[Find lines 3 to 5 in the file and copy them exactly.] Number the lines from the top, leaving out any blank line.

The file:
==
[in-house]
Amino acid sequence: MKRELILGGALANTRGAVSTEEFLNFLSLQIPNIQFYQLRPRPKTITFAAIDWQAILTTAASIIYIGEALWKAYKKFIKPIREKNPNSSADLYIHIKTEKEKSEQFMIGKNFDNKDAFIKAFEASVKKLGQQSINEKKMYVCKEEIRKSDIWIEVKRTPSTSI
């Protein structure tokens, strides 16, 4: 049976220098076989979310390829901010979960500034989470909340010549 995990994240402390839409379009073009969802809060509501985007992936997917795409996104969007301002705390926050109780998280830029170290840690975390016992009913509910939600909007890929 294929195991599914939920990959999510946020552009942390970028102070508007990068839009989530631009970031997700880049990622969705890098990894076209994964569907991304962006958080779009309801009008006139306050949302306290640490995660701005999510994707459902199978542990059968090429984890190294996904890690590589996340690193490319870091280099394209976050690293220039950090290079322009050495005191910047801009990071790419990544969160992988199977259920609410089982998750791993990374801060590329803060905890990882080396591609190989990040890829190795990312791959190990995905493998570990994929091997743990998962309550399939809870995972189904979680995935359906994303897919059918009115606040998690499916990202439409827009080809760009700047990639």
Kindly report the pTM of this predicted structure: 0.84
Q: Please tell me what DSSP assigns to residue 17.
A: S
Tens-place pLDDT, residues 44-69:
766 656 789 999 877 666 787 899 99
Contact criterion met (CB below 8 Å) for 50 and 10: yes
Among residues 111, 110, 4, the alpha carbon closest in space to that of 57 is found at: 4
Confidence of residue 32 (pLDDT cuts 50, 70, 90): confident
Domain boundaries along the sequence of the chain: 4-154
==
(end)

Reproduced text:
């Protein structure tokens, strides 16, 4: 049976220098076989979310390829901010979960500034989470909340010549 995990994240402390839409379009073009969802809060509501985007992936997917795409996104969007301002705390926050109780998280830029170290840690975390016992009913509910939600909007890929 294929195991599914939920990959999510946020552009942390970028102070508007990068839009989530631009970031997700880049990622969705890098990894076209994964569907991304962006958080779009309801009008006139306050949302306290640490995660701005999510994707459902199978542990059968090429984890190294996904890690590589996340690193490319870091280099394209976050690293220039950090290079322009050495005191910047801009990071790419990544969160992988199977259920609410089982998750791993990374801060590329803060905890990882080396591609190989990040890829190795990312791959190990995905493998570990994929091997743990998962309550399939809870995972189904979680995935359906994303897919059918009115606040998690499916990202439409827009080809760009700047990639």
Kindly report the pTM of this predicted structure: 0.84
Q: Please tell me what DSSP assigns to residue 17.